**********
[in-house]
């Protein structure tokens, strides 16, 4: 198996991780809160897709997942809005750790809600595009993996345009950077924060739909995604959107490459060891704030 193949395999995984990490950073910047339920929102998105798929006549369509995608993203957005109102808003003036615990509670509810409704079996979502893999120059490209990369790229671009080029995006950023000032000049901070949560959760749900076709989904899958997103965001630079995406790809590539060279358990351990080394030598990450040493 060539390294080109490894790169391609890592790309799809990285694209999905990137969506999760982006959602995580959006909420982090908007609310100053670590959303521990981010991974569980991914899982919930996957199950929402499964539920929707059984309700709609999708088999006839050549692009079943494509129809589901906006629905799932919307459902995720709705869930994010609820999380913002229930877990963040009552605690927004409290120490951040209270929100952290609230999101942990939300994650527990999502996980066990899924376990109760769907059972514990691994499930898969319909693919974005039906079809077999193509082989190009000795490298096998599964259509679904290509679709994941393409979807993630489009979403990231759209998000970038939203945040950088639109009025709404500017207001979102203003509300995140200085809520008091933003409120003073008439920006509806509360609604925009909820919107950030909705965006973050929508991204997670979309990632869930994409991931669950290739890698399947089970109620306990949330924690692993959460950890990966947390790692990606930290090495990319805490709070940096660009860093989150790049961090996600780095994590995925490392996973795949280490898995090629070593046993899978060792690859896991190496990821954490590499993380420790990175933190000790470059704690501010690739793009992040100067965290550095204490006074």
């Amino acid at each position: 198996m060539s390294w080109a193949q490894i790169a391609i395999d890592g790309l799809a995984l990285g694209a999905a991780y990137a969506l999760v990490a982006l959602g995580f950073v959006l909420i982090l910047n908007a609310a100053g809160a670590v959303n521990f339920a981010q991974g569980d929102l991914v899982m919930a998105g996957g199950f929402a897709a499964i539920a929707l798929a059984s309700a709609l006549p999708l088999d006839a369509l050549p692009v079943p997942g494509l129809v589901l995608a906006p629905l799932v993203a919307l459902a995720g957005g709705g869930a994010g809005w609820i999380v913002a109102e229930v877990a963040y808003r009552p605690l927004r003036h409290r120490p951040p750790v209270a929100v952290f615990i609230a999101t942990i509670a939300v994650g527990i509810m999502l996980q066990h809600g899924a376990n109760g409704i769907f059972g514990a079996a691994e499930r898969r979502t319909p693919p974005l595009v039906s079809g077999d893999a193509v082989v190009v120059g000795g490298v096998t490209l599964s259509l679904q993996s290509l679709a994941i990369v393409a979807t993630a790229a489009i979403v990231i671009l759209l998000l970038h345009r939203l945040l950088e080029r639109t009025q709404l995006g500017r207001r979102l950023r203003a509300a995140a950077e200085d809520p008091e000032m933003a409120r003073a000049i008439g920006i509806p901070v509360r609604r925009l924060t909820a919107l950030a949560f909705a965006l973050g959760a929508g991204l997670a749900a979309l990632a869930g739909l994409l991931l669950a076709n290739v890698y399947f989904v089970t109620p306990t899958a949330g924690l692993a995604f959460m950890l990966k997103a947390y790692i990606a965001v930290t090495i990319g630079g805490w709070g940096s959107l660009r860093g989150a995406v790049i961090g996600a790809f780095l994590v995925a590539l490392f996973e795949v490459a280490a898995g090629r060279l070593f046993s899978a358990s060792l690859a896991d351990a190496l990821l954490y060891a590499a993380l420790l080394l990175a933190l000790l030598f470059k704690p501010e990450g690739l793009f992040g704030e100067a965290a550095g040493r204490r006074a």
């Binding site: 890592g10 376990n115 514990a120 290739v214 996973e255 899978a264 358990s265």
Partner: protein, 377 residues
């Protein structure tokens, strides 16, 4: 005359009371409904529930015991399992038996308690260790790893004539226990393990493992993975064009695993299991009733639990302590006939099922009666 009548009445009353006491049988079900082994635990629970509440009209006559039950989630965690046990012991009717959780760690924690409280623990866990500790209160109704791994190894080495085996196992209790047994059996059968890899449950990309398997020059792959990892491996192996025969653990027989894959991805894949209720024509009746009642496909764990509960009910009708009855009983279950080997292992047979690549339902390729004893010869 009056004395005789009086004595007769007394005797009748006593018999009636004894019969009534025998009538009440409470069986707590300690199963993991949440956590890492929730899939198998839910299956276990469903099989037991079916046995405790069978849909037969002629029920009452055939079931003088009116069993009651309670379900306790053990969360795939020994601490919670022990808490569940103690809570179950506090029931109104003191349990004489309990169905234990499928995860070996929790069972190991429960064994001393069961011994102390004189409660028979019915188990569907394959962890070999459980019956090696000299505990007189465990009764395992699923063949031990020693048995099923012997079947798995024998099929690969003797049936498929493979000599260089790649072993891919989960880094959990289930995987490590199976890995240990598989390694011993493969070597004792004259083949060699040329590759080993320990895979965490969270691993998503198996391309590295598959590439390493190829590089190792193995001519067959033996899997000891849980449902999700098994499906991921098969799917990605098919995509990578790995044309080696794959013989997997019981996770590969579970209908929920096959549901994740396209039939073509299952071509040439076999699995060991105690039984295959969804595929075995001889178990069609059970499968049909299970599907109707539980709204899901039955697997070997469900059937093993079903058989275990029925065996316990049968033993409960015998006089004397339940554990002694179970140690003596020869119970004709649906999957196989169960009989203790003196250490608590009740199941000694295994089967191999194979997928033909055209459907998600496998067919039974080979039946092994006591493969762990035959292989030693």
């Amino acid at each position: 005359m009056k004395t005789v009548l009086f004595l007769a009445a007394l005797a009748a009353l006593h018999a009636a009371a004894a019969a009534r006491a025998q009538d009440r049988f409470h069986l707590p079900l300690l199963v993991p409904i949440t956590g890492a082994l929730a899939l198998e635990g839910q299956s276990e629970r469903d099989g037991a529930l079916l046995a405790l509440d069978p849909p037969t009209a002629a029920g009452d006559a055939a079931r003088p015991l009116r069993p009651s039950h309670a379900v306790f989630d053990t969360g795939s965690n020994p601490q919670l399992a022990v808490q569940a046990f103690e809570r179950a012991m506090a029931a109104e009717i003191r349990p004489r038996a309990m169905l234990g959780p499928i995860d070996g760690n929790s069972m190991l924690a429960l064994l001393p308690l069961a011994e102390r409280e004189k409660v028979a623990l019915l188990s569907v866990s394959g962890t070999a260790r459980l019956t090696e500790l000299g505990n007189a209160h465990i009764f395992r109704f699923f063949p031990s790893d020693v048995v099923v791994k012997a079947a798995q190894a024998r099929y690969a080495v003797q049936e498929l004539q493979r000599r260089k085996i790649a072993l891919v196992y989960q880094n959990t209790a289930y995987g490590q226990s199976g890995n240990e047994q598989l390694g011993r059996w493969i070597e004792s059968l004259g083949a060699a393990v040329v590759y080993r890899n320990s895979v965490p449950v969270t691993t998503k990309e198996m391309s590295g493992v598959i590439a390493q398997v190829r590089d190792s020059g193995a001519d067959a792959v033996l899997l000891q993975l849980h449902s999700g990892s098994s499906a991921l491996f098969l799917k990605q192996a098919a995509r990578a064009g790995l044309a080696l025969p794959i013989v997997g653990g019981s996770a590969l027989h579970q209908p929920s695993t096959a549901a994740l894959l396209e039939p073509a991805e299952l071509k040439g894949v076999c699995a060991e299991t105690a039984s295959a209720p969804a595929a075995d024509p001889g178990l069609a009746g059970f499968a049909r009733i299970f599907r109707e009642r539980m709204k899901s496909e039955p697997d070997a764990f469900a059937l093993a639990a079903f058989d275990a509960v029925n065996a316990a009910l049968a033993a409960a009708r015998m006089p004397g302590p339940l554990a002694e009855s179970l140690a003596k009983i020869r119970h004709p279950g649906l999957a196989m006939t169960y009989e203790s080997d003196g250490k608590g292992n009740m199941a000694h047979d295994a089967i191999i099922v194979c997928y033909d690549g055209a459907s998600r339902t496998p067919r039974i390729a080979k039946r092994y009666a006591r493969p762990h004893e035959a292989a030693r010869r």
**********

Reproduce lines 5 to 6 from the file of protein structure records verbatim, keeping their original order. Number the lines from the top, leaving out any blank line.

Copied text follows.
Partner: protein, 377 residues
């Protein structure tokens, strides 16, 4: 005359009371409904529930015991399992038996308690260790790893004539226990393990493992993975064009695993299991009733639990302590006939099922009666 009548009445009353006491049988079900082994635990629970509440009209006559039950989630965690046990012991009717959780760690924690409280623990866990500790209160109704791994190894080495085996196992209790047994059996059968890899449950990309398997020059792959990892491996192996025969653990027989894959991805894949209720024509009746009642496909764990509960009910009708009855009983279950080997292992047979690549339902390729004893010869 009056004395005789009086004595007769007394005797009748006593018999009636004894019969009534025998009538009440409470069986707590300690199963993991949440956590890492929730899939198998839910299956276990469903099989037991079916046995405790069978849909037969002629029920009452055939079931003088009116069993009651309670379900306790053990969360795939020994601490919670022990808490569940103690809570179950506090029931109104003191349990004489309990169905234990499928995860070996929790069972190991429960064994001393069961011994102390004189409660028979019915188990569907394959962890070999459980019956090696000299505990007189465990009764395992699923063949031990020693048995099923012997079947798995024998099929690969003797049936498929493979000599260089790649072993891919989960880094959990289930995987490590199976890995240990598989390694011993493969070597004792004259083949060699040329590759080993320990895979965490969270691993998503198996391309590295598959590439390493190829590089190792193995001519067959033996899997000891849980449902999700098994499906991921098969799917990605098919995509990578790995044309080696794959013989997997019981996770590969579970209908929920096959549901994740396209039939073509299952071509040439076999699995060991105690039984295959969804595929075995001889178990069609059970499968049909299970599907109707539980709204899901039955697997070997469900059937093993079903058989275990029925065996316990049968033993409960015998006089004397339940554990002694179970140690003596020869119970004709649906999957196989169960009989203790003196250490608590009740199941000694295994089967191999194979997928033909055209459907998600496998067919039974080979039946092994006591493969762990035959292989030693």